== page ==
Load Path Dependent Failure of 3D Printed Concrete
The essential feature of a material system at failure stage is that it cannot continue bearing further load which is often characterized by its inability to sustain higher stress (i.e. σij* = 0). Consequently, the failure criterion may be defined as singularity of stiffness tensor. However, in practice, most commonly, failure criteria are described as a general function of the stress tensor acting on the material, which in its most general case can be written as F(σij) = 0.
The history of loading in different directions will affect the behavior of the material. In granular materials. This response will also, in turn, change the mechanical properties of the contacts. As a result, the material’s properties during loading will evolve in a generally anisotropic manner. It is, therefore, evident that whether or not a material is failed, is not to be defined by studying the current state of stress, but rather through studying the path of stress.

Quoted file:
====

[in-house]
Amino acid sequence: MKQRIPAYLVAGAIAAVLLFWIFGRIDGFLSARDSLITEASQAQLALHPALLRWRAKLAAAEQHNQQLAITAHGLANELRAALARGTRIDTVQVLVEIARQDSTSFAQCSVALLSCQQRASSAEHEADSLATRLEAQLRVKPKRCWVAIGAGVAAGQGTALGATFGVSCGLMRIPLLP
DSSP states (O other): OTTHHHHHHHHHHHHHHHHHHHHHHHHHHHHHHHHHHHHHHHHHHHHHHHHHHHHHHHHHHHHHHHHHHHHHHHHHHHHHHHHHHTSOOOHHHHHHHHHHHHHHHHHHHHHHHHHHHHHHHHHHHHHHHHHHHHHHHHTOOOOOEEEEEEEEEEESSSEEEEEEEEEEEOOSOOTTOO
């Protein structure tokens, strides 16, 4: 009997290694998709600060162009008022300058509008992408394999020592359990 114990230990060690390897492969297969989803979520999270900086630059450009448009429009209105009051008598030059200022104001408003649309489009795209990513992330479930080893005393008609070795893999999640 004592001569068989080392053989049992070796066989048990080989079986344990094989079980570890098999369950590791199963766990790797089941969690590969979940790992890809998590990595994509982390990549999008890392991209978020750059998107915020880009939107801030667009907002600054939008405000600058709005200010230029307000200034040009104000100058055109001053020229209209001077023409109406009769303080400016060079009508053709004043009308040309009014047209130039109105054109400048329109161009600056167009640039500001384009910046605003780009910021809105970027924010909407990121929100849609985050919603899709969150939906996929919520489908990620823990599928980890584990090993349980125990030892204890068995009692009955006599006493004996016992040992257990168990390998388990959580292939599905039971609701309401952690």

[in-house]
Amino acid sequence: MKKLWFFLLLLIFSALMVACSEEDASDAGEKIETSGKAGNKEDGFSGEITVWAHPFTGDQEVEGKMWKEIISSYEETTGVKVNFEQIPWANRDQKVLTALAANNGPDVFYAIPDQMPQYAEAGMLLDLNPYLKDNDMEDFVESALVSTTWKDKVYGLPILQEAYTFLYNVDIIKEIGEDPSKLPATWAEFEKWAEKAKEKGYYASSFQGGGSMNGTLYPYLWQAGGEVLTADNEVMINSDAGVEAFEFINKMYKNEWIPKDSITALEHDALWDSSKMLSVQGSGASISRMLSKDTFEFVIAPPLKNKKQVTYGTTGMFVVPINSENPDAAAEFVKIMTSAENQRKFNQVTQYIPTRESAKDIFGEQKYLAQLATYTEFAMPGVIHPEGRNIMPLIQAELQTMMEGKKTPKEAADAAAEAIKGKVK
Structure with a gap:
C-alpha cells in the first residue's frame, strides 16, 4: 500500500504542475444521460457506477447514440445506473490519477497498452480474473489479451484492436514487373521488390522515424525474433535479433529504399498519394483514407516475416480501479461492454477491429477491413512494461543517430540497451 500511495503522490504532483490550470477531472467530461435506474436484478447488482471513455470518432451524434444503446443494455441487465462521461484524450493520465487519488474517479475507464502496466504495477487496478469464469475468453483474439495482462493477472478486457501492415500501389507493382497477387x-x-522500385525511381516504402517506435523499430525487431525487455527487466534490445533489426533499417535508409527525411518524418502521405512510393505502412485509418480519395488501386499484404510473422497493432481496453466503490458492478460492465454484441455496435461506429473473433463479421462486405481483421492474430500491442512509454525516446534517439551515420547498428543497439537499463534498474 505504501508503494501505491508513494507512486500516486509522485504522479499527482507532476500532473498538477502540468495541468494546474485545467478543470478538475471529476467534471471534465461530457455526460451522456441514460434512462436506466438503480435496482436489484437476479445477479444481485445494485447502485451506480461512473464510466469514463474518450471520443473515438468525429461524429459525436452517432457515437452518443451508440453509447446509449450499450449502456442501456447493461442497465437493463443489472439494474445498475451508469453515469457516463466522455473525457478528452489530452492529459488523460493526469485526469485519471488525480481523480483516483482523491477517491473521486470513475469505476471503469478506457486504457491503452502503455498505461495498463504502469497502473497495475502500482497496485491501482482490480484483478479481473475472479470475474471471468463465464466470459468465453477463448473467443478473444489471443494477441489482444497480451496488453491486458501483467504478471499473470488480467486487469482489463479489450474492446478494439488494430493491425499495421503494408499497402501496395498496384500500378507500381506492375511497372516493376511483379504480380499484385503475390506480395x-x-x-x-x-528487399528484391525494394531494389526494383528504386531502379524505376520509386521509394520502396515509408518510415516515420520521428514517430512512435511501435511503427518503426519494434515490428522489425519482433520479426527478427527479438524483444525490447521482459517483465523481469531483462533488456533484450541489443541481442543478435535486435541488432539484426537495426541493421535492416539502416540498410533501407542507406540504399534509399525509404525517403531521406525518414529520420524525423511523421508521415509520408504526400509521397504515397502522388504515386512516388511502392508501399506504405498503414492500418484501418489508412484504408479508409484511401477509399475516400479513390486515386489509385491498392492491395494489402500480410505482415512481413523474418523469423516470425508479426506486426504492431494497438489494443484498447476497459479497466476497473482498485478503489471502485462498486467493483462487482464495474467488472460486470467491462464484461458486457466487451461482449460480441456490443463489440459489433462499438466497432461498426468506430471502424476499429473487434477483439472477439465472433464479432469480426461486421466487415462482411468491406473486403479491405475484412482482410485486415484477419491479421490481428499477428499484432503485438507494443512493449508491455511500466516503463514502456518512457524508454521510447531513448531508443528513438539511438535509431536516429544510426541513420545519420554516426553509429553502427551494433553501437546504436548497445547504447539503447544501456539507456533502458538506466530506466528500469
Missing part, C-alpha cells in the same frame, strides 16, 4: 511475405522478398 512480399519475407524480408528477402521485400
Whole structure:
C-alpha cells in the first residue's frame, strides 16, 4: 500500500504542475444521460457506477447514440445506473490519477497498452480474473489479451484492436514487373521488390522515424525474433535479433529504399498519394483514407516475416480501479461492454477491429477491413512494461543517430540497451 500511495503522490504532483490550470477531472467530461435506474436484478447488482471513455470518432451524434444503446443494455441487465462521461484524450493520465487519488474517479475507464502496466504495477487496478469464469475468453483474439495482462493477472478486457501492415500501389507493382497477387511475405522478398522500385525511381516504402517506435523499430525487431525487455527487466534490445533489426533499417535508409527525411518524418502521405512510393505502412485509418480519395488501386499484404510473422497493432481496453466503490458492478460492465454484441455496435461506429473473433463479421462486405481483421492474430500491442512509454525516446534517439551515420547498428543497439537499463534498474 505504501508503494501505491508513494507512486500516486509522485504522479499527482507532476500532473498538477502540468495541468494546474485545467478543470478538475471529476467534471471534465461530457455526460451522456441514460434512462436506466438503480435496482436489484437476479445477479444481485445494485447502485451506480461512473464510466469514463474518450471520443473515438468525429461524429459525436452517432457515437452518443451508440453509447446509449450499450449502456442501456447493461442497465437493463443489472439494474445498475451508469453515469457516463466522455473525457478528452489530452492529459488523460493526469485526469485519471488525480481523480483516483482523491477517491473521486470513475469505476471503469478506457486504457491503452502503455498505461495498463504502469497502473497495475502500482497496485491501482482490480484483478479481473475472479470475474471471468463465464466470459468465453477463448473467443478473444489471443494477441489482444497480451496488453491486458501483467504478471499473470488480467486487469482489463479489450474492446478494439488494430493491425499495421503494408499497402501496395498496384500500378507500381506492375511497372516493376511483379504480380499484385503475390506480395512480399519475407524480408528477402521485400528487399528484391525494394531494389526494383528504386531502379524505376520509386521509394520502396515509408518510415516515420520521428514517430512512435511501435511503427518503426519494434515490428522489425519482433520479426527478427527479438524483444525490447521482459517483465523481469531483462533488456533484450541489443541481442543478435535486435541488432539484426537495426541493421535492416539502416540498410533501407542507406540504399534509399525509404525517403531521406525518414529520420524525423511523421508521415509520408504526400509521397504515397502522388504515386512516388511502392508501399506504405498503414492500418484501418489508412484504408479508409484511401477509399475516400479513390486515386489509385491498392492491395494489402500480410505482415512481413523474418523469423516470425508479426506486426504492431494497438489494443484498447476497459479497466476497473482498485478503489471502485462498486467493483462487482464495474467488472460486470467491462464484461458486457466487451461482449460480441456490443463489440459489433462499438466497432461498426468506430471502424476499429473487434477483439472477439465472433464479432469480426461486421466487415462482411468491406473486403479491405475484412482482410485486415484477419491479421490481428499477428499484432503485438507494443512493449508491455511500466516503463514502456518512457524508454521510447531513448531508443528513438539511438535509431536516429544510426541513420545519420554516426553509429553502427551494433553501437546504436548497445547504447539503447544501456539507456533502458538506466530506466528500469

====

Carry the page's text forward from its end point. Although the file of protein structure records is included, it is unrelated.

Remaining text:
A micromechanics-based continuum model to investigate the failure behavior of 3D printed concrete will be created and validated by performing material tests. In this approach, inter-particle contacts in different directions are studied separately and the effect of loading on their properties is naturally incorporated within the model. As a result, the model is capable of capturing the loading-induced anisotropic evolution of microstructure and its effect on failure.
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